Sexy salon surprises with fine French fare
Special to The Seattle Times
At first, The Sitting Room is all mood. You can choose to drink at the bar, dine at small cafe tables, sink into a couch complete with a low table or ease onto a row of old wooden cinema-style seats in front of a coffee table. The low lighting from wall sconces, hanging lights and old-fashioned standing lamps beckons as if you've come to this mustard-tinted milieu on Lower Queen Anne to drink illicit substances and smoke clove cigarettes.
Even the slow, throbbing jazz sounds the way a lullaby would after a few drinks. But then the ceiling fans that make the stained-glass lamps sway gently remind you to breathe deeply and note that no smoke lingers here. (In fact, the menu expressly outlaws clove cigarettes.)
A glance at the specials scribbled on the blackboard confirms that this is not a cocoon where people sit altering their minds, but rather a relaxing establishment for enjoying drinks and light, gourmet French fare. You can go minimalist and sip wine and sample fine European cheeses while munching olives marinated in herbs and spices, or you can assemble a simple meal that expands elegantly across your palate.
My boyfriend and I chose the latter. We ordered a hard cider and a Guinness, and pounced on the tapenade. Usually I savor the highly salty taste of this minced-olive paste, even when it disables parts of my tongue, but this tapenade surprised me with its mere hint of salt and its pleasing, smooth texture. It is now my reigning favorite.
Next we both ordered soup, forgoing the carrot bisque for garlic-potato-leek and butternut squash. I had forgotten how much I love butternut squash soup. Soft and slightly sweet with a comforting bulk, the soup slows your spoon so you remember each sip.
When I turned my attention to the potato leek soup, it was the evening's only disappointment. Not even a hint of garlic rose above the watery, flavorless broth. But the next course revived us.
My alderwood-smoked duck-breast salad with grapes and hazelnuts could only be called extraordinary. Delicate fronds of organic greens supported thin slabs of Muscovy duck breast slightly warmed and as deep in taste as cured gourmet bacon. I thought the flavors would never stop, and they didn't — next came plump, citrusy grapes and sweetly sharp hazelnuts. The grand finale, the orange-pomegranate molasses vinaigrette, was a trickle of tanginess that especially complemented the duck.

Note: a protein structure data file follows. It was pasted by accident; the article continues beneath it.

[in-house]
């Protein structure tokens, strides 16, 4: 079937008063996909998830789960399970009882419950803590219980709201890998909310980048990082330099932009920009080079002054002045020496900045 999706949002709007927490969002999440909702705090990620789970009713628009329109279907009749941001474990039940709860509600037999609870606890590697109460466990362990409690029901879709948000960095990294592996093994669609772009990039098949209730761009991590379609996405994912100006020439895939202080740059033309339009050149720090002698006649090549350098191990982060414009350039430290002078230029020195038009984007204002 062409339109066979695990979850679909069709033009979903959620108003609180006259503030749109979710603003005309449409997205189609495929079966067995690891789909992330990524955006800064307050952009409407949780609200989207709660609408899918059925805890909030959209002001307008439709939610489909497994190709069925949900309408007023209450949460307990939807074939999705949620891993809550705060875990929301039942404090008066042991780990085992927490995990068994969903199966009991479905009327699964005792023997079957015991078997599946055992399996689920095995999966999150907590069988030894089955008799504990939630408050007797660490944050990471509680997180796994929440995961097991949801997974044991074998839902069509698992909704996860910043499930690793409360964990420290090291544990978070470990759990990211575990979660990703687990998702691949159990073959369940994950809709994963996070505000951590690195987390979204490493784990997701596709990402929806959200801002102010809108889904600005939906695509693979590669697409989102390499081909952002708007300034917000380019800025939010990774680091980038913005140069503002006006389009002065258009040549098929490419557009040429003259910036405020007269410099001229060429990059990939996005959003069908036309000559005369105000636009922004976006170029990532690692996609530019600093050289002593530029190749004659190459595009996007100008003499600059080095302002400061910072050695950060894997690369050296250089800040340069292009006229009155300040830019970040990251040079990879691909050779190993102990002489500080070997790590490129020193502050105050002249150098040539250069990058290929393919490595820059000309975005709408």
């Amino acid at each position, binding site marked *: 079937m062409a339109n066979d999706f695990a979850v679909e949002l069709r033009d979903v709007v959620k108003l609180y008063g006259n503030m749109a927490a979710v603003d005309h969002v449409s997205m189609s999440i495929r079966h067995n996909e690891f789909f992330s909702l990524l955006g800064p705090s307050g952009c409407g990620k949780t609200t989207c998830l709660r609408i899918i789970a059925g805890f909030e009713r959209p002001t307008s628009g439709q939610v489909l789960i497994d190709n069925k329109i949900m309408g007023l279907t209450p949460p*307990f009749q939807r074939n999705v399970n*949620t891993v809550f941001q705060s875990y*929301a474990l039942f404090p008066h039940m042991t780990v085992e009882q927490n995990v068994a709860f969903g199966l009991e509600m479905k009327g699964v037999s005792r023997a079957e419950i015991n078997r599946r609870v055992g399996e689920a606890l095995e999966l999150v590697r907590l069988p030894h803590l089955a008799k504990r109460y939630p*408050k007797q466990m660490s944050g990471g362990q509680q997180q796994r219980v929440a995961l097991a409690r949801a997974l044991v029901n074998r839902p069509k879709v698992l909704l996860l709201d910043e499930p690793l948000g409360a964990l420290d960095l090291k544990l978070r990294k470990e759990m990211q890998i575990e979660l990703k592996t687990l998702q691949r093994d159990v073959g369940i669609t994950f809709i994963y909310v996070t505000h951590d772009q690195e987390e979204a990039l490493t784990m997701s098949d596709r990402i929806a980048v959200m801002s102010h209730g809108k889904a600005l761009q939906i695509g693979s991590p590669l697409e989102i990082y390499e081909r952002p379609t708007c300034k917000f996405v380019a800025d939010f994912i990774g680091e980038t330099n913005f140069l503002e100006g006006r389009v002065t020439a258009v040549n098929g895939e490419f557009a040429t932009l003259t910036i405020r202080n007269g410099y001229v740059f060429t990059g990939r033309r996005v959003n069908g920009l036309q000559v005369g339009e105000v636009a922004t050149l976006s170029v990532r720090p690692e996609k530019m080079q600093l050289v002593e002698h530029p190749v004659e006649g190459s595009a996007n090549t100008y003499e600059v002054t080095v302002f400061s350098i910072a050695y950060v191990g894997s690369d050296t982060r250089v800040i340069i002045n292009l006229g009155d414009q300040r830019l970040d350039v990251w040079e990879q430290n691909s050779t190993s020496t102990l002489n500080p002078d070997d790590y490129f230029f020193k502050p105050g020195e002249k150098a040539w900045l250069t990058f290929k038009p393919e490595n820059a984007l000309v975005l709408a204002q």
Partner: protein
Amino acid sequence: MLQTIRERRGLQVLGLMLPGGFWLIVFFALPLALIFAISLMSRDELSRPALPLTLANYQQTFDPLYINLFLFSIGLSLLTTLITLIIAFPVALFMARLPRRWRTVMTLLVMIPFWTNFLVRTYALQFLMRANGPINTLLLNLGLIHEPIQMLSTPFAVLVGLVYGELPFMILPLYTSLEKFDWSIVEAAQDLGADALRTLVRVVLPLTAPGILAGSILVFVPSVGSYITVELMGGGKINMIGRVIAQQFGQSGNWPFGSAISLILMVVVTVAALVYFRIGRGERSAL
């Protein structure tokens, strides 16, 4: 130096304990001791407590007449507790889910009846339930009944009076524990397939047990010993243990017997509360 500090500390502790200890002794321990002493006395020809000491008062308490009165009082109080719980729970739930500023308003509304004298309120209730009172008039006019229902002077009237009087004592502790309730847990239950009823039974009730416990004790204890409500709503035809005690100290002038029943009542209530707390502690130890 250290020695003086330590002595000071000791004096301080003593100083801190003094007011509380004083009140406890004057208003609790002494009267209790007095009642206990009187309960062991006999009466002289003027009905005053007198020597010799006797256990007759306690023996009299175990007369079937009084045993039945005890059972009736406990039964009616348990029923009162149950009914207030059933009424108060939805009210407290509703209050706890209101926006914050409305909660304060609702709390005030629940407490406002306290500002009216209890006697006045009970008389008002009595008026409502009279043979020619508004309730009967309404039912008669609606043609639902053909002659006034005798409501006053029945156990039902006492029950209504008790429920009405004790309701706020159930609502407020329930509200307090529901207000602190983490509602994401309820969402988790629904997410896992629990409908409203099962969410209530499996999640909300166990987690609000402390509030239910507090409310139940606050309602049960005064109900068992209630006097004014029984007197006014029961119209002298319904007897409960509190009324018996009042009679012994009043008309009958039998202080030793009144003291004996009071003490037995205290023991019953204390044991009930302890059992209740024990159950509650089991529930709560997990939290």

At the Sitting Room, classic Italian grilled sandwiches known as panini come in four varieties, plus the special of the week. My partner chose the one with prosciutto, provolone, artichokes and grilled red peppers. So thinly sliced and delicate was the prosciutto that he took his first bite, frowned and said, "no meat." I tested his theory and found that it did taste meatless, but it was no matter. Crunchy like an English muffin, the sandwich offered instead soft artichokes free of brine and firm, grilled red peppers that tasted roasted but weren't.
We added a few of the peppers to the remaining tapenade, creating a delightful combustion of flavors. Sated, we could only glance longingly at the dessert list: mocha hazelnut cake, citrus cake and nectarines and vanilla ice cream drizzled with a port reduction.
As we prepared to wrench ourselves from the coziness of our table, I looked around once more. "This place is sexy," I said with a smile. It must be at least magical because I then heard my boyfriend of three years say, "I don't know about the place, but you are." Ah, what mood lighting and good food can do.
Tapenade: This is the king of all tapenades, in my opinion. Most are obscured by saltiness, which puts many people off. Don't let past experiences deter you from trying this one.
Butternut squash soup: This delicious soup is soft, soothing comfort in a cup or a bowl.
Alderwood-smoked duck breast with grapes and hazelnuts: This combination of ingredients and their flavors is an ingenious creation — and only $7.
Prosciutto, provolone, artichoke and grilled red bell pepper panini: Softer and more fun to savor than your usual lunch cafe panini, the four ingredients add up to a great sandwich.
Itemized bill, meal for two
Prosciutto, provolone, artichoke heart and grilled red bell pepper panini: $7.50
Cup butternut squash soup: $3.50
Cup garlic-potato-leek soup: $3.50
Small salad of alderwood-smoked duck breast with grapes and hazelnuts: $7.00
Blackthorn hard cider in a bottle: $3.50
Guinness stout on tap: $4